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Pilothouse in the PNW

Jul 25, 2013
135
Macgregor 26S near Vancouver, BC
My wife and I have been been sailing a trailerable boat in the Vancouver area for a couple of years, mainly on Harrison Lake and Indian Arm. We plan to move up to something bigger in a few years when we have the time for longer cruises. Our experience so far has biased us in favour of pilothouses because, outside of a few months in the summer, we've found that we're out in rain quite a bit and also motoring more than I thought we would. There are some quite nice pilothouses around in our size and price range--Gulf 29, Saturna/Truant 33, Cooper 353, Tanzer 10.5. But it seems clear that, dollar for dollar, you get more boat with a "conventional" layout. You can nearly get two decent C&C 33s for the cost of a Truant 33. And I notice that even here, where pilothouses make more sense than probably anywhere else in North America, they're still relatively uncommon. So would I regret a pilothouse? If I can get a newer "conventional" layout with a canvas enclosed cockpit will I be happier in the long run?
 
Jul 27, 2011
3,402
Bavaria 38E Alamitos Bay
From a few summer charters, or with local friends, I’ve noticed that powerboats dominate the “distant” locales. Realizing that you will be in rainy weather and motoring much of the time, the choice between a space-challenged pilothouse sailboat and a trawler of the same length, or nearly so, goes to the trawler or some other model with similar accommodations. I think the cockpit enclosure “splits” the difference, so to speak. But the folks we’ve met in BC traveling in pilothouse sloops, a total of two, have said they love ‘em.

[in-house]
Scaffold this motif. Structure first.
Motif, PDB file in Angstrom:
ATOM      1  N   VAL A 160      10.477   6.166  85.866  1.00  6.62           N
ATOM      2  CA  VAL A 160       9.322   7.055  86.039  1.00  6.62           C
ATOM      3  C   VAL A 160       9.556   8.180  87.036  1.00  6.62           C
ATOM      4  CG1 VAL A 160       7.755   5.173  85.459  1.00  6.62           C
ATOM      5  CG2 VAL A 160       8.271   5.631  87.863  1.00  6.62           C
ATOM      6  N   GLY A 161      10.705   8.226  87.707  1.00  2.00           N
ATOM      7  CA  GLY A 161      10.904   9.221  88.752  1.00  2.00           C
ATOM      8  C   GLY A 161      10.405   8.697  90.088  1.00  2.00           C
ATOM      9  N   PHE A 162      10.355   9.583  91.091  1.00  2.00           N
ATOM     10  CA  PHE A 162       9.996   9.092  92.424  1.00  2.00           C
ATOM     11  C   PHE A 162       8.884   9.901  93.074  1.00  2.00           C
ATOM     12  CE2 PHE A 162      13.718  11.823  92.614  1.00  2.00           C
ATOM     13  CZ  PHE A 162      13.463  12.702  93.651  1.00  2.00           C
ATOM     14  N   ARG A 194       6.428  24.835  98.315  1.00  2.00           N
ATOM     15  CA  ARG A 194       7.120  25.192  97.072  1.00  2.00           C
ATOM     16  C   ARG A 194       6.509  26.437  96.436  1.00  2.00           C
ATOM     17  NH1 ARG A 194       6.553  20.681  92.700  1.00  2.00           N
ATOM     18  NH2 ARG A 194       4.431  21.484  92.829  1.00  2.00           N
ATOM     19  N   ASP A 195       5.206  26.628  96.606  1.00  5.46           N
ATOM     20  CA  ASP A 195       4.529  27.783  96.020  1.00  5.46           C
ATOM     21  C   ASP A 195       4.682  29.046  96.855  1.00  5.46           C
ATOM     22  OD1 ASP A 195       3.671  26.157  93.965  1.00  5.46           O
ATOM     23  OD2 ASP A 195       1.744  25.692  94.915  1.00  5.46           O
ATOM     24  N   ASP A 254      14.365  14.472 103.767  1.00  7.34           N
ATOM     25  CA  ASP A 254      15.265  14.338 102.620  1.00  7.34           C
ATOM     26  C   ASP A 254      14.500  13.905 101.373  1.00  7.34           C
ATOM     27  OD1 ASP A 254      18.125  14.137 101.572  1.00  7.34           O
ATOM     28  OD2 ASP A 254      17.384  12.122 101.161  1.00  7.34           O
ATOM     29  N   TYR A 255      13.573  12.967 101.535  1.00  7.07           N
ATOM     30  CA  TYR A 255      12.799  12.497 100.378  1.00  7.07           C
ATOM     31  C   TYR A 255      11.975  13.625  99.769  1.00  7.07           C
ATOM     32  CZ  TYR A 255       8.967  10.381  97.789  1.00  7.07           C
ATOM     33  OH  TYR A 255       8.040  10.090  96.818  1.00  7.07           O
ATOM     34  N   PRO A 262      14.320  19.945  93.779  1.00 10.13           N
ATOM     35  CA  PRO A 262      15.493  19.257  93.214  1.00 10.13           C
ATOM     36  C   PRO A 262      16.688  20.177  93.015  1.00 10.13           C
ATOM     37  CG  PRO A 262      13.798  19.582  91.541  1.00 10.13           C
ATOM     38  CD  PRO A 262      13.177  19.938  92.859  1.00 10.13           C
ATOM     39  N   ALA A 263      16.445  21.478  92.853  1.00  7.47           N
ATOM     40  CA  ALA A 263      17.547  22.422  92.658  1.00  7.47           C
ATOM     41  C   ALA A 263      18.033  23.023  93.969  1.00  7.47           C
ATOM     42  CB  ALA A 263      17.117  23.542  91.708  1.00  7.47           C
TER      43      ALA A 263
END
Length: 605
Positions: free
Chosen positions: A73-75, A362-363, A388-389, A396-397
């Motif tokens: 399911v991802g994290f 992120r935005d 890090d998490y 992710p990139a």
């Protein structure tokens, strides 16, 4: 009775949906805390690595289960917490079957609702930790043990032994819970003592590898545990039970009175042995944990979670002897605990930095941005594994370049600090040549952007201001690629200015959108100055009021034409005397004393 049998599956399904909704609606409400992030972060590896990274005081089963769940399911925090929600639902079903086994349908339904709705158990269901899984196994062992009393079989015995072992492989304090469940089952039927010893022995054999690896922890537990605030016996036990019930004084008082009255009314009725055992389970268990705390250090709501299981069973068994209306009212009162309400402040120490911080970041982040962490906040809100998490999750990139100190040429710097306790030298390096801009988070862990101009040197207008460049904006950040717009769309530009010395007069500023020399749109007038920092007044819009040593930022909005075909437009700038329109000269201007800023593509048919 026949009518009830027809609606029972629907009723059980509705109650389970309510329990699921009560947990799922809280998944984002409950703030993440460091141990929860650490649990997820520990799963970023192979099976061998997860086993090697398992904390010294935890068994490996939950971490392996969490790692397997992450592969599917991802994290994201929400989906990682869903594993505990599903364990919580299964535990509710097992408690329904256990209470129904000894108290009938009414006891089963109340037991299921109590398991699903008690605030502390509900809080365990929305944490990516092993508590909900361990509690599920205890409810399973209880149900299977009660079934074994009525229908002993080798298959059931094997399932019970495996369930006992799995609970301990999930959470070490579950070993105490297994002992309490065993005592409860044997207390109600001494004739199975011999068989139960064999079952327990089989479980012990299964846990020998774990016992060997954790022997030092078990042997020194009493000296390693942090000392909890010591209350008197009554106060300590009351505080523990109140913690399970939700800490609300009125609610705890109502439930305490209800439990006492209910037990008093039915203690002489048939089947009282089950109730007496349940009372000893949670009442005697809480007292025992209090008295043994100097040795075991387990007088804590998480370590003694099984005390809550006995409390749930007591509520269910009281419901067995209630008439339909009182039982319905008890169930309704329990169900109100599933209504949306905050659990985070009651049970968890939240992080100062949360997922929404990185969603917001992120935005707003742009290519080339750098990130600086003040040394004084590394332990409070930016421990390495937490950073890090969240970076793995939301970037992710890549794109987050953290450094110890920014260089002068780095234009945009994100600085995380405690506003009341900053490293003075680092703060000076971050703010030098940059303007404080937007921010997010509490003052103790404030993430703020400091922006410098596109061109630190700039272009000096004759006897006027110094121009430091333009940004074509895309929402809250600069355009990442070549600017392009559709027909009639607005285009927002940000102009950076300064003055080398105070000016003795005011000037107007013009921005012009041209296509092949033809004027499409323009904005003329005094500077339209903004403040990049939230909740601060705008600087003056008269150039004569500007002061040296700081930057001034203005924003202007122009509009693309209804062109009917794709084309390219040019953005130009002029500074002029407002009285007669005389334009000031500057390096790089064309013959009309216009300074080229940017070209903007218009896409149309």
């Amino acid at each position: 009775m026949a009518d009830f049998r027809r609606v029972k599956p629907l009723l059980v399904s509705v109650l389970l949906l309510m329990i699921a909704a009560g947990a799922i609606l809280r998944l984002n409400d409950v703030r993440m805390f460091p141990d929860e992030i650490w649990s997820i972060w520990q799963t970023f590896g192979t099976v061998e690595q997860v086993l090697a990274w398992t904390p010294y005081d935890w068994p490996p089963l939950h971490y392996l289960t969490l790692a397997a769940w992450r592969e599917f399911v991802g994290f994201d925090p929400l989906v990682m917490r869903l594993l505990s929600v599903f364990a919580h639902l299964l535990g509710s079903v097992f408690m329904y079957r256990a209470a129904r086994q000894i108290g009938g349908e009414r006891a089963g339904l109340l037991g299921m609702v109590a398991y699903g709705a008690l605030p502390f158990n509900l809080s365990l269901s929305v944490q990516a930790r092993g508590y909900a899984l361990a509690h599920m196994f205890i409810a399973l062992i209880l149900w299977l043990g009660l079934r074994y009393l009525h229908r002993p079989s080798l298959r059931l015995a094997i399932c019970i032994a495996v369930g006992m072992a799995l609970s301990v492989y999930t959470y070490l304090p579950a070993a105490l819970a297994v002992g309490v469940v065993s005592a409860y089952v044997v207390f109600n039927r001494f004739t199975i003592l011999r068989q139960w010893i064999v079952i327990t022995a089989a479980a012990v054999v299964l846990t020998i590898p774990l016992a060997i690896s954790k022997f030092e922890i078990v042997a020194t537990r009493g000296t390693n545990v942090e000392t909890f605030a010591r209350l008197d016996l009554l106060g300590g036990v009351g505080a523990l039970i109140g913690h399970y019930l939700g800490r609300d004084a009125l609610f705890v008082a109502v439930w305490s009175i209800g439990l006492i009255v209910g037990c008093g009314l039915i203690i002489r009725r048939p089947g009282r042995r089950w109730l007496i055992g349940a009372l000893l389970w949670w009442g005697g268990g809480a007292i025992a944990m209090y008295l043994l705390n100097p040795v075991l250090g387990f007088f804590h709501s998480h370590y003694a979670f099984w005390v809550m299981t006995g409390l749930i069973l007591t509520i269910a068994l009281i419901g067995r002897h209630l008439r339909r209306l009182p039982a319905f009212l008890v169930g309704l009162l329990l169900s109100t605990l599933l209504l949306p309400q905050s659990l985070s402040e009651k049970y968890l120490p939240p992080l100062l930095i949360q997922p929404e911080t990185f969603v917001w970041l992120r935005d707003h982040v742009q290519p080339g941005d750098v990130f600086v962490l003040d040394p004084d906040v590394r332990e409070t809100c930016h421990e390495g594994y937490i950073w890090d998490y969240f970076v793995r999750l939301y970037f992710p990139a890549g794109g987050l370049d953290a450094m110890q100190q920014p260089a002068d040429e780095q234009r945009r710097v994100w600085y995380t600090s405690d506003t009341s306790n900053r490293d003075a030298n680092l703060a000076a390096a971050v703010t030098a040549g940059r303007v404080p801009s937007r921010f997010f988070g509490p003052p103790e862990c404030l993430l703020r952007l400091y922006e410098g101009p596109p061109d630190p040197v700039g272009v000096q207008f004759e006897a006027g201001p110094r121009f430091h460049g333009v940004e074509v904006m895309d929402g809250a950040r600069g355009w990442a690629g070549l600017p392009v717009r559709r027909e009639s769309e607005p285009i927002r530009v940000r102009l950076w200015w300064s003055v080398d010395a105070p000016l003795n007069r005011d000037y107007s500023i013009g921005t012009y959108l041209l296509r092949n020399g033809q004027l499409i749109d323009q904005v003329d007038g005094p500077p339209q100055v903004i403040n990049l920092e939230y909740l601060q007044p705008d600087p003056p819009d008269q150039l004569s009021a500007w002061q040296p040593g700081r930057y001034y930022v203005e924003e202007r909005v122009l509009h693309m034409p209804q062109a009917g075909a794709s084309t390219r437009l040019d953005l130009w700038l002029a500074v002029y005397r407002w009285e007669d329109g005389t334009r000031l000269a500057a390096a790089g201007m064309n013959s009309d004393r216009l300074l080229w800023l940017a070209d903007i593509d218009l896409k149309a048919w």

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Jan 25, 2011
2,019
S2 11.0A Anacortes, WA
My opinion and take it for what it’s worth...A pilot house with inside steering is nice for the PNW during inclement weather..However, you can’t sail from inside. At least very effectively..From the cockpit, looking fwd in good weather, you have to look over the house. Deck access could be difficult. A lot of sailors like them as when down below, you are still looking outside instead of being inside a hull. With a “conventional” layout, you can install a dodger such that you can get out of weather and breaking water under power. I can stand in the companionway and drive the boat under autopilot with a remote. I could also enclose the cockpit if I want. When things are “favorable”, fouly up and get wet and sail! And a pilot house has more windage...It all comes down to what kind of sailing you want to do..
 
Oct 22, 2014
10,380
CAL 35 Cruiser Portland OR, moored EVERETT WA
@Tedd I think Mark and KG hit the nail on the head. It is a question of taste or compromise.

There are a variety of boats with a pilothouse feel. But you may have to look at older designs. I found my Cal 35Cruiser in Seattle. It has the look of a pilot house, 9 big windows around the salon, but is a true sailboat. No steering or engine controls inside the salon. What is possible is to use the Autopilot and step away from the helm, step inside and still see where you are, who or what are nearby and where you are going.
69F9996D-F79C-4E3D-8A74-7033D896C632.jpeg93271BF9-4805-4894-A018-12C695A51A0A.jpeg

This works for me. When under way or sailing, I am out at the helm and when the weather sets in I am in foulies. (Or the “MUMMY” suite as my friend @JamesG161 likes to call it).